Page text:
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Video marketing: cost and return budgeting strategy

Tim Cumming and Helen Pain, updated 11 Jan 2022


  • The boundaries: a business video is one of the most pliablely priced business services going - anywhere between £50 and £50,000 for about 2 mins, depending on about 16 factors.
  • Regular tracking: Annual and quarterly planning should benchmark the way for tracking your commercial results.
  • Rule of thumb: Aim for 5-10% of your desired return, up to a reasonable limit. It's all about knowing that desired return, and to hit desired targets.
  • Super-shrewd: If you want real value, you should buy beyond video - specifically response - and implement an effective quarterly plan to drive your annual plan and your long-term strategy forward. That means buying the big four components in appropriate measure:
    • quality
    • duration
    • visibility
    • discovery

Woah! The vast price range

From DIY templates at £50 to glamorous crewed productions at £50k, choosing a price tag for a business video can look bewildering. When it's too high and too low, you probably have a preference for a goldilocks price, right? But if you're quoted £5k, is that right for you? Is £25k? Let's demystify video pricing for you, and give you some buyer advantages.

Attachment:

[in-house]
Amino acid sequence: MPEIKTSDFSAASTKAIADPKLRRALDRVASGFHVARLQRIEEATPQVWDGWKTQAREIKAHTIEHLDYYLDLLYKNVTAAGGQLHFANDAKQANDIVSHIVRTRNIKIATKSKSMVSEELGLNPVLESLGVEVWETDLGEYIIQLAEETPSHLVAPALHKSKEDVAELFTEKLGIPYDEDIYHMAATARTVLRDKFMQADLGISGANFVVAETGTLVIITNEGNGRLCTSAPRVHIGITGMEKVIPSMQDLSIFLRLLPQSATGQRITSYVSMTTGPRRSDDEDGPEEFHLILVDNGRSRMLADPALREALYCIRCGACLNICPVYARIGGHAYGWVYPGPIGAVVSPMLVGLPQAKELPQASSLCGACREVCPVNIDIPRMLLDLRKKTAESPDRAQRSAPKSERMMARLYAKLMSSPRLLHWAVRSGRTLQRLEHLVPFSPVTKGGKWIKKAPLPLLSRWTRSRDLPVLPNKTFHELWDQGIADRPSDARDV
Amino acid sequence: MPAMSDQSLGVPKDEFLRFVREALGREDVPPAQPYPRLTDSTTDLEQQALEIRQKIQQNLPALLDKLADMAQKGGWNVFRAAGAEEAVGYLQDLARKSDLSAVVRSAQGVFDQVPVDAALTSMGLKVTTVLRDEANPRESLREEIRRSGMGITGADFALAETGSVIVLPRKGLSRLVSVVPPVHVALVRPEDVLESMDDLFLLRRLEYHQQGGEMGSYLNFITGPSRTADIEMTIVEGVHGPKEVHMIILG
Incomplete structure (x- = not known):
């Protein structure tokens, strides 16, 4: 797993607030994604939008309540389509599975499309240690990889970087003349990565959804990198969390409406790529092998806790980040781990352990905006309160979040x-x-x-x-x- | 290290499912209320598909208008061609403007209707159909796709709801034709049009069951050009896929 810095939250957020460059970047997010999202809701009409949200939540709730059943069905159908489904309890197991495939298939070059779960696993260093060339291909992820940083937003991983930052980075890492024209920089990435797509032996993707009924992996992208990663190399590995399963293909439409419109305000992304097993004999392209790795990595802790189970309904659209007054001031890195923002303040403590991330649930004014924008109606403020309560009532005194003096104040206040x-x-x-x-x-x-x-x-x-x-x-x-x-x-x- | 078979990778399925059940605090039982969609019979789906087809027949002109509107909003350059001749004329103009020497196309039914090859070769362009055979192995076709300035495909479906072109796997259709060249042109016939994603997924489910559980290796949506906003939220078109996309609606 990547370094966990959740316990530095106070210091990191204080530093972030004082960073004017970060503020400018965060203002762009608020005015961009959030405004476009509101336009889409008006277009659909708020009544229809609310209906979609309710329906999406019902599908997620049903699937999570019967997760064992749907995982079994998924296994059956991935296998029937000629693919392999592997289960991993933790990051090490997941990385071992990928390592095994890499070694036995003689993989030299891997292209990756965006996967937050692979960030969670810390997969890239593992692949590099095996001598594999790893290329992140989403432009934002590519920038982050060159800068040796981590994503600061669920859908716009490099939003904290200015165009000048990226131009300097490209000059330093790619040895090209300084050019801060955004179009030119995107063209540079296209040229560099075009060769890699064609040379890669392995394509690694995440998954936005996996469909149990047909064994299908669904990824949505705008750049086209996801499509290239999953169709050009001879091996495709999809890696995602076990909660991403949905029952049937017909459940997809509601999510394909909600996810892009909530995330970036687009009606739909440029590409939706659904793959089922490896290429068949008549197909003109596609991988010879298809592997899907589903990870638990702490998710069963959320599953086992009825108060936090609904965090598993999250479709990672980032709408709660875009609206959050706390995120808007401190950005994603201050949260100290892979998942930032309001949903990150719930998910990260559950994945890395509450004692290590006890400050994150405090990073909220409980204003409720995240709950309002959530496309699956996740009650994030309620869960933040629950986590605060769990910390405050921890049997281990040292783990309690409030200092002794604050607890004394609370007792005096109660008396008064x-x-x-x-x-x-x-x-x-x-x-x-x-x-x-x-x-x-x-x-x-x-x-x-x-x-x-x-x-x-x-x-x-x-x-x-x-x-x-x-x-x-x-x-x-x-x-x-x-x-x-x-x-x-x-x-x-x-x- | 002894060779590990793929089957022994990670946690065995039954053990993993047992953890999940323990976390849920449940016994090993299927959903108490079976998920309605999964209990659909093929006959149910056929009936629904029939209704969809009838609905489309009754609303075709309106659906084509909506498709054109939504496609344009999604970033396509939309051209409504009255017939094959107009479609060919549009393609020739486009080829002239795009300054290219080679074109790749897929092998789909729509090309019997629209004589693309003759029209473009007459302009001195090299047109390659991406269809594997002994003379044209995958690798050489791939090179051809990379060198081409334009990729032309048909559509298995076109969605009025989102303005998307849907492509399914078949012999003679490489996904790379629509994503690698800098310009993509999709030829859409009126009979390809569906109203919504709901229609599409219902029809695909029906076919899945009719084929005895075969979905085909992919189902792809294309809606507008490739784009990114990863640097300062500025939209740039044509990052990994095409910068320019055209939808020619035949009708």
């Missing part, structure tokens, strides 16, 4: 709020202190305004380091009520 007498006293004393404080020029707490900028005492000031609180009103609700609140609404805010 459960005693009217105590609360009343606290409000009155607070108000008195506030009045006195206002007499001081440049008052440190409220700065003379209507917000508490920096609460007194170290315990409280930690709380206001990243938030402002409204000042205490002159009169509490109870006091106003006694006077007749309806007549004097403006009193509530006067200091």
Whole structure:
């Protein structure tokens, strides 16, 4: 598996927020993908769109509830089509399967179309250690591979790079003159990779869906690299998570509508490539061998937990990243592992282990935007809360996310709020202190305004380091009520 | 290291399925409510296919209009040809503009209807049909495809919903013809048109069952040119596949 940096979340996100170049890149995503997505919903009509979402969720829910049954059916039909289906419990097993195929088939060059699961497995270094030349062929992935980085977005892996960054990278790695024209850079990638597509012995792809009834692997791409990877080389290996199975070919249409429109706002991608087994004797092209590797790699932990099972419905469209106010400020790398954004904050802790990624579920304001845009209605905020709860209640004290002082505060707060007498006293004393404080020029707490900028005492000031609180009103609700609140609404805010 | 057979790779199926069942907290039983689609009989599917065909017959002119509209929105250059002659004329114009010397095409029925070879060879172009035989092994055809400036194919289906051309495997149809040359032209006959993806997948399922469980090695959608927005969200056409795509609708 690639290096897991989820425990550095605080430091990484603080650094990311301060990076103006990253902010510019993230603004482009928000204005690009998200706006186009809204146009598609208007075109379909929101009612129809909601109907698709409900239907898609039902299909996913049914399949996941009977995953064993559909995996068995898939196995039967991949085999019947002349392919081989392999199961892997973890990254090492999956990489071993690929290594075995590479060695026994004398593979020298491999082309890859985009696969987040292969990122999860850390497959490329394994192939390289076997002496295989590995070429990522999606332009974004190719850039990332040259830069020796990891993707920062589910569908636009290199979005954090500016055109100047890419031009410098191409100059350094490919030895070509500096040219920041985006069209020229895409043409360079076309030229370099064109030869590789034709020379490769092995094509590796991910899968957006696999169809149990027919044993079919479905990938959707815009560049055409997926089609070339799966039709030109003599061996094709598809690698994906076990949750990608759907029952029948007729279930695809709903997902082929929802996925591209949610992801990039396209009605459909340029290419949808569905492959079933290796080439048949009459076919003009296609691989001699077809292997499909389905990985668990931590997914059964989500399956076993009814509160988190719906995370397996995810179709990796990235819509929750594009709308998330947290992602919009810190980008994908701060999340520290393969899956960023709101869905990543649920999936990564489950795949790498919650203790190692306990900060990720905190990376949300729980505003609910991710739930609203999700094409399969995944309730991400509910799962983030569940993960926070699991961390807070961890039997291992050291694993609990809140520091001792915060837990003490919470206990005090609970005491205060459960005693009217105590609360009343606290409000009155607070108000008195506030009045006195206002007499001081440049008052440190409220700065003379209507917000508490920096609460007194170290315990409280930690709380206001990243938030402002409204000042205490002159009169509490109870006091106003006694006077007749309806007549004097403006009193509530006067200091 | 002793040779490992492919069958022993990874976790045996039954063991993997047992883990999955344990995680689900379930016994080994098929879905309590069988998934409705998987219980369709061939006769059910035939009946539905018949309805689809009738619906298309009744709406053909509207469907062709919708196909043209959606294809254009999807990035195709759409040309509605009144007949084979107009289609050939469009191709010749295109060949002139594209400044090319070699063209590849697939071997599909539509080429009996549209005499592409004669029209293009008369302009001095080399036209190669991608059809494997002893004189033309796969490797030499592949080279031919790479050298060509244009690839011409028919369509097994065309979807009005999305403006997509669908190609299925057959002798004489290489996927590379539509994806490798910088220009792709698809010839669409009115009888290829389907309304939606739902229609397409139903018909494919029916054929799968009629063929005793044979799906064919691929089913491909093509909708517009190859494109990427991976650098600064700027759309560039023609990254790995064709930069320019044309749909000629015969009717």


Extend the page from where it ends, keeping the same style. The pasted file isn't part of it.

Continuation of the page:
Before you call round a few video firms for ballparks - as you certainly should do - spare a few moment's thought for your purpose: where do you want to be at the end of this project? If you have a clear goal, good preparation is key to ensuring you create the right strategy. You'll cleverly save yourself a lot of hassle and time - and, most importantly, cash - if you just nail this early. The 2020 Gartner report on the new B2B buying journey clearly suggests that the traditional journey has gone. Marketing has absorbed some of the role of sales. So today's video investment has to be more shrewd.

Always have a goal
Red cherub amongst stone cherubs

Four shrewd steps to video budget confidence

There are four big drivers in video projects - the drivers of all marketing projects. Often-neglected, hidden in the mists of our marketing minds, these wisdoms are actually easy to define. The components of purpose.

The Four Cost Drivers for Video:

  • Ambition
  • Risk
  • Scope
  • Dependency

Get these clear and you'll have an easy job of setting a sensible budget. And that means choosing a video company's going to be way easier.

Cityscape at dawn

Step One: Ambition

The secret to creating a successful budget is knowing your intended timescales: How far do you want this video project to go? Is this a step-change, or a top-up? A moderniser, or a fit-alongside? How much does this video project need to change behaviour? And whose?